Ensure representation of partners on governance bodies

Structure and governance are key aspects of any coalition campaign. The IF campaign was a hierarchical structure made up of three groups: the Board, the Organising Committee (OC) and a series of Working Groups, including a Diaspora Working Group. 

When designing the structure of your campaign, seek to ensure that the decision making bodies accurately represent the diversity of the coalition by including representatives from across the coalition in a way that best draws upon the breadth of skills, experience, knowledge and resources that you have available. 

In the IF campaign, a number of the groups included representatives from DDOs. However, DDOs felt that not having representation on the campaign’s decision making bodies meant that they weren’t able to maximize their participation and engagement in the campaign. 

Build and share the skills, resources and expertise of all partners

For a partnership to flourish, organisations should not only consider their own objectives and what they want from the coalition, but also skills, resources, expertise and financial support they can offer.

Many of the DDOs involved in the IF campaign were small organisations, with less than five staff members and with limited budgets. DDOs knew that they had a lot to offer the campaign in terms of their knowledge, skills, networks and experience, but for many organisations it was their first time working on a coalition campaign on this scale and they often did not have the time, human resources or financial capacity to engage fully with a large, fast-paced campaign. 

Two examples from the IF campaign

Media: DDOs and INGOs collaborated on media work through the IF campaign. This helped provide a broader range of spokespeople to the central IF bank of speakers and in turn helped build the skills and confidence of DDO spokespeople to communicate their organisations’ stories, which we hope will continue over the longer term.  

Advocacy: INGOs and DDOs collaborated to host two policy days about hunger and development during the IF campaign - one on Africa and one on Asia. This enabled the DDOs from these regions to best utilise their existing expertise; bringing a differing perspective to some of the other campaign partners and exposing the campaign to a wider variety of policy makers. However, reflecting on the campaign, DDOs commented that they would have benefited from training to ensure that they were most effectively using their existing expertise and networks to support the overall advocacy efforts influencing key decision makers.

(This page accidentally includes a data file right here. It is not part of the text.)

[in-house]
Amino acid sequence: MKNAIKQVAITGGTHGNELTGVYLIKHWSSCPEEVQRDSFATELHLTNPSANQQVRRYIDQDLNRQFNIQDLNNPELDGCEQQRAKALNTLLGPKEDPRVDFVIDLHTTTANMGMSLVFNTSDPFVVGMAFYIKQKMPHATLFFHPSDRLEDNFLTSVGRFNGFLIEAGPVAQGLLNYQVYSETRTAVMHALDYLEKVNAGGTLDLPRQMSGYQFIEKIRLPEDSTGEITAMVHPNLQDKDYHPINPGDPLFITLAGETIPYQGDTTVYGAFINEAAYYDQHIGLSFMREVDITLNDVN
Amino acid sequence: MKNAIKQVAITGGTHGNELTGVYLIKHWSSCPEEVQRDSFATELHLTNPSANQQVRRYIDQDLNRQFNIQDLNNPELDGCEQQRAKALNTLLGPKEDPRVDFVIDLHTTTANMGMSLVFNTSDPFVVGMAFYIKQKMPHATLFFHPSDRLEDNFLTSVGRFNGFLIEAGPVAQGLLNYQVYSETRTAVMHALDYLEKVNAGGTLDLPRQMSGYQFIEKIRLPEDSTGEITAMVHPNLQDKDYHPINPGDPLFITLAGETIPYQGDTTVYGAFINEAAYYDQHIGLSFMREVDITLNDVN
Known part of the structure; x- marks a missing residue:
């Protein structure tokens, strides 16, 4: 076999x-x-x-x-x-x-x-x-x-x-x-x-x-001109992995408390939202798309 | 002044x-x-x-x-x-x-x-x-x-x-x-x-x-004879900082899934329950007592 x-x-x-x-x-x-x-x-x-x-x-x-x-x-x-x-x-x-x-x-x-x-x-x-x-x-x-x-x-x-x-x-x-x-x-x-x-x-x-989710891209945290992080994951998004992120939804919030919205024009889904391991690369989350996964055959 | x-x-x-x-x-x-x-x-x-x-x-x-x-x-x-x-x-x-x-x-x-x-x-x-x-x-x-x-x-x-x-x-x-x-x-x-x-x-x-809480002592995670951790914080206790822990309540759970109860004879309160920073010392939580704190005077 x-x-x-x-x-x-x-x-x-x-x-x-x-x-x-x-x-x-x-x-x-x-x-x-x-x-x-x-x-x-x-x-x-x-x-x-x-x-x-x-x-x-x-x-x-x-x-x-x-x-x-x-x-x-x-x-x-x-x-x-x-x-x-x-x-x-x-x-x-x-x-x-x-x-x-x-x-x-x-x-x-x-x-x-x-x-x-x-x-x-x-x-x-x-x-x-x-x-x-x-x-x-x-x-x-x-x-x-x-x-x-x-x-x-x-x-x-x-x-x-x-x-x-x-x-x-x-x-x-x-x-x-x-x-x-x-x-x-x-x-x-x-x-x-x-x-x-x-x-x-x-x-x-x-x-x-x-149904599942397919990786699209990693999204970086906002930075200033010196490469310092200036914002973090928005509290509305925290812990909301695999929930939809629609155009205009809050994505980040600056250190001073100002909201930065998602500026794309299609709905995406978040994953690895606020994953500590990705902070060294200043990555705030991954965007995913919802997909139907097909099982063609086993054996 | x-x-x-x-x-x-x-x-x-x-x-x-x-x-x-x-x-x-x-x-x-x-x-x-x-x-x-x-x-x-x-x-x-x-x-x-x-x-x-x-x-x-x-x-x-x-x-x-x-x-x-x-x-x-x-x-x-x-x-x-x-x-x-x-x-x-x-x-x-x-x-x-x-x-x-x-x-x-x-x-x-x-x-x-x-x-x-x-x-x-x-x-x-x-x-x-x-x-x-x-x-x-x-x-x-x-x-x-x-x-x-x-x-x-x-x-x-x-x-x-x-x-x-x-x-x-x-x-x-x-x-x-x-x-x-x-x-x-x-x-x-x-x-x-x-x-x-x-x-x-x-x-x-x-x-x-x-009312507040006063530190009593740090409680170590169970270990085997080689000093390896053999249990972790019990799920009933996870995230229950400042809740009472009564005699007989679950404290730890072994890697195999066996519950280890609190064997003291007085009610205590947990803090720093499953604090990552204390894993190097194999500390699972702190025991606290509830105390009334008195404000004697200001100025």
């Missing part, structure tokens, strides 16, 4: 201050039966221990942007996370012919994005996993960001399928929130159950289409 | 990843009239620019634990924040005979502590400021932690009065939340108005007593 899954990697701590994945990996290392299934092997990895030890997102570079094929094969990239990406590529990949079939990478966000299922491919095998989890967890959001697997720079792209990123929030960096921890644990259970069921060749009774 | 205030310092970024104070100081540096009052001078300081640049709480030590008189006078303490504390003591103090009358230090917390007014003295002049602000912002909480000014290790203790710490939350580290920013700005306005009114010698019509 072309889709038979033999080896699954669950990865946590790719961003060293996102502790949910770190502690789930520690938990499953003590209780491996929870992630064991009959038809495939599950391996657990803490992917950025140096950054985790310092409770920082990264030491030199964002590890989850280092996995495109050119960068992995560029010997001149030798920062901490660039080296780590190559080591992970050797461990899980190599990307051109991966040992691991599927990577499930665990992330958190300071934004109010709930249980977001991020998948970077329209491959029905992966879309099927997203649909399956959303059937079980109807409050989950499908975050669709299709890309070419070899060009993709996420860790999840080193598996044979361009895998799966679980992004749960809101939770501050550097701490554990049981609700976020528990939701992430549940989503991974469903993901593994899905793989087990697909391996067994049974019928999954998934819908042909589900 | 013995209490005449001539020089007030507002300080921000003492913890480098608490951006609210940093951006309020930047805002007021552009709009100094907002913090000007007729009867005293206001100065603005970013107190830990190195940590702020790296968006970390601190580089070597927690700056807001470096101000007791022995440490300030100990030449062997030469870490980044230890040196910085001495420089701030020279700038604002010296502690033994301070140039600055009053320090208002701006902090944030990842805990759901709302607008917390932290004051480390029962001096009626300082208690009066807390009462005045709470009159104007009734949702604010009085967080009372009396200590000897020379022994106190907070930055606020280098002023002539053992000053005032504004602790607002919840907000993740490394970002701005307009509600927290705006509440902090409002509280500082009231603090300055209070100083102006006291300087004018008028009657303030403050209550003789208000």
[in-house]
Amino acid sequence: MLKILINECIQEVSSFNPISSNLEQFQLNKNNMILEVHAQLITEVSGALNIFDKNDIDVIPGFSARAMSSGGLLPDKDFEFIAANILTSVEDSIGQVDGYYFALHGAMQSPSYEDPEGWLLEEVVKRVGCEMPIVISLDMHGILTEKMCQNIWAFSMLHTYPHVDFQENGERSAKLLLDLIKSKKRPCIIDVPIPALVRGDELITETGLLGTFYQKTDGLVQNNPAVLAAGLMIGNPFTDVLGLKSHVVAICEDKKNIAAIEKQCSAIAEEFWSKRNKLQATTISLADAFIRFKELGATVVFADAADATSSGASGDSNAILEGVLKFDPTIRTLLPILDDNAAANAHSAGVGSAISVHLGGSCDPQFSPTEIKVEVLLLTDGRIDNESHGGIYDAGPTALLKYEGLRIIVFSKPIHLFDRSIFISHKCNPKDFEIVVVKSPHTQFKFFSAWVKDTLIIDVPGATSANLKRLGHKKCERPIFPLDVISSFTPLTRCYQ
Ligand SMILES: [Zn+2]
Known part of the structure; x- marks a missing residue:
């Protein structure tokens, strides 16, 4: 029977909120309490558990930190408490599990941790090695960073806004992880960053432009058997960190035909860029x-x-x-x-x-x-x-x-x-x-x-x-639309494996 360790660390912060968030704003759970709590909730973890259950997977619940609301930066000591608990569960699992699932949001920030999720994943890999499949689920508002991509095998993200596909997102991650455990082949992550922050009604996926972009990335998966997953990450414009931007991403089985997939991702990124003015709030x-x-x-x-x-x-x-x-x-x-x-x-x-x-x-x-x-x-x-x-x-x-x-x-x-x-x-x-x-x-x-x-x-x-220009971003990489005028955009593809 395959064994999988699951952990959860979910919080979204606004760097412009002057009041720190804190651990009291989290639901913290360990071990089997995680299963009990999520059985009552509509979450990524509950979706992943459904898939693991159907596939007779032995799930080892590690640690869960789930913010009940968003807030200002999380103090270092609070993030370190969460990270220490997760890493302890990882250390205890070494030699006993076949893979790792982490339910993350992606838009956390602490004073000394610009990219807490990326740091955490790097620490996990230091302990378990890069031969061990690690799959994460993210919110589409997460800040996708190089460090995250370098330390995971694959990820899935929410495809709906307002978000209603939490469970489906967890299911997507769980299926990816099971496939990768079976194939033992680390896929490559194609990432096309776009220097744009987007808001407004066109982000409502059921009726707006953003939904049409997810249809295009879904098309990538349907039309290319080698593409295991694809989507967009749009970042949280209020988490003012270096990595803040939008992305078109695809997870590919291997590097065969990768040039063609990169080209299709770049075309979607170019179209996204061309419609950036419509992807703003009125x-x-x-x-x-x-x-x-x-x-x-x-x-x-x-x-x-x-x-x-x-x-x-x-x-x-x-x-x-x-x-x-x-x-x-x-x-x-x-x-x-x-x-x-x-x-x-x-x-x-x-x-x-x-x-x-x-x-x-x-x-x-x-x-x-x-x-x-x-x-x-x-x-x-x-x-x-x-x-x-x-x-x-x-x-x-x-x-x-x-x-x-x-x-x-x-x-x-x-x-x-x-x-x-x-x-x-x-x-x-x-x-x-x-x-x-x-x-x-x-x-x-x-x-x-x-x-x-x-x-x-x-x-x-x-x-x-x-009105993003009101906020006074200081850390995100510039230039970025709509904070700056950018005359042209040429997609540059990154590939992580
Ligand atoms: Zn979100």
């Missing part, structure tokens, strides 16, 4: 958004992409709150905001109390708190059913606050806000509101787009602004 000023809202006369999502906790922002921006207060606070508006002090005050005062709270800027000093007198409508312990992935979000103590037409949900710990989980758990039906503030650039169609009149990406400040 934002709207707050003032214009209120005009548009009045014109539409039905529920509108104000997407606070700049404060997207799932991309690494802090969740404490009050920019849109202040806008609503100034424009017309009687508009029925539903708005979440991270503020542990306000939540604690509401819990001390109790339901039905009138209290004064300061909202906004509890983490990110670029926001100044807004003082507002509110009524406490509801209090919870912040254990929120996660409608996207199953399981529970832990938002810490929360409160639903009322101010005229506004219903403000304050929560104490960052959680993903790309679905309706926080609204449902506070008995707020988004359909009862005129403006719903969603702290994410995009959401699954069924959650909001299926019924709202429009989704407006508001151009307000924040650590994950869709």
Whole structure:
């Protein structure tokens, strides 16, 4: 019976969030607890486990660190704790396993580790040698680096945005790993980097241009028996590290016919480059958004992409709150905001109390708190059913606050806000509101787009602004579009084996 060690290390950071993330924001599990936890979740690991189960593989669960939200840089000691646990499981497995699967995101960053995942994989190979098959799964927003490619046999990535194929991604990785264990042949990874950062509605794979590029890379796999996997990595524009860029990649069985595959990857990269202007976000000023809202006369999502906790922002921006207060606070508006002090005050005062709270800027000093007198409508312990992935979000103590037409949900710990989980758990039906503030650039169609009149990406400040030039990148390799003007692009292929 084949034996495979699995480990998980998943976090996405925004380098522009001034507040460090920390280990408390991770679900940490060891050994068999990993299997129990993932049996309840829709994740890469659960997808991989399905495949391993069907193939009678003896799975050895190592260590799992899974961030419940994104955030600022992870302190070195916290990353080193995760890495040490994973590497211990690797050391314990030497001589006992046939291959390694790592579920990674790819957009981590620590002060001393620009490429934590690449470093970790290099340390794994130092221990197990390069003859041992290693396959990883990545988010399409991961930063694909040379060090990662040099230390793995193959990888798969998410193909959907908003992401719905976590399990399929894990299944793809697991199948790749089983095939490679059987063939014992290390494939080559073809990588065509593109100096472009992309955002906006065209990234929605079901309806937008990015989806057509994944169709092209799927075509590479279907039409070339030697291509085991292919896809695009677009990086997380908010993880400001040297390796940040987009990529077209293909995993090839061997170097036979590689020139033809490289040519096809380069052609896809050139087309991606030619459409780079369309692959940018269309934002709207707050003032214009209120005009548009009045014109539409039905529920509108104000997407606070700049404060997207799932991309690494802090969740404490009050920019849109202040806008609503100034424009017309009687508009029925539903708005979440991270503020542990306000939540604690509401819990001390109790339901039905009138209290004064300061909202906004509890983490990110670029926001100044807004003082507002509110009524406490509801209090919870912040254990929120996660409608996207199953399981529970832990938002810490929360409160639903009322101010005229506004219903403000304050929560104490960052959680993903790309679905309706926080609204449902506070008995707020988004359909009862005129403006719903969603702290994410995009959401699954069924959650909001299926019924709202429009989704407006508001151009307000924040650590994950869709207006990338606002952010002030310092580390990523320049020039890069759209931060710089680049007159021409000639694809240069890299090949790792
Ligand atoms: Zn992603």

It is hoped that these reflections will help contribute to increasingly fruitful partnerships between DDOs and INGOs and add to the building momentum for collaborative campaigning. 

Useful networks


A leading diaspora and development organisation with a mission to expand and enhance the contribution Africans in the diaspora make to African development.


A project that supports UK-based Africans to influence policy and practice affecting Africa's development. It is funded by Comic Relief through the Common Ground Initiative, with support from the Baring Foundation.


Membership body for more than 400 UK based organisations working on international development, including a number of diaspora organisations. 

Comic Relief

A major charity based in the UK, with a vision of a just world, free from poverty. Comic Relief runs the Common Ground Initiative (CGI), a fund supporting African development through UK-based small and diaspora organisations. 

Diaspora Volunteering Alliance (DVA)

The membership body in the UK for Diaspora organisations working in international development and UK community development through volunteering. 

About the author

Concern Worldwide (UK)

Natalie Duck is the Head of Policy and Campaigns at Concern Worldwide (UK). She she has built a wealth of experience in campaigning, policy and parliamentary engagement, and mobilising black and ethnic minority audiences in advocacy activities


Stella Opoku-Owusu is Engagement and Capacity Manager at AFFORD. She has over 12 years’ experience of capacity building, fundraising and action-research within the sectors of diaspora development and the general UK civil society.

Sarah Gilbert is a freelance consultant and trainer in organizational strategy, impact and campaigning. She also runs NCVO’s Certificate in Campaigning and copywrites for Azalay Media, a content agency for non-profit organsiations and travel brands.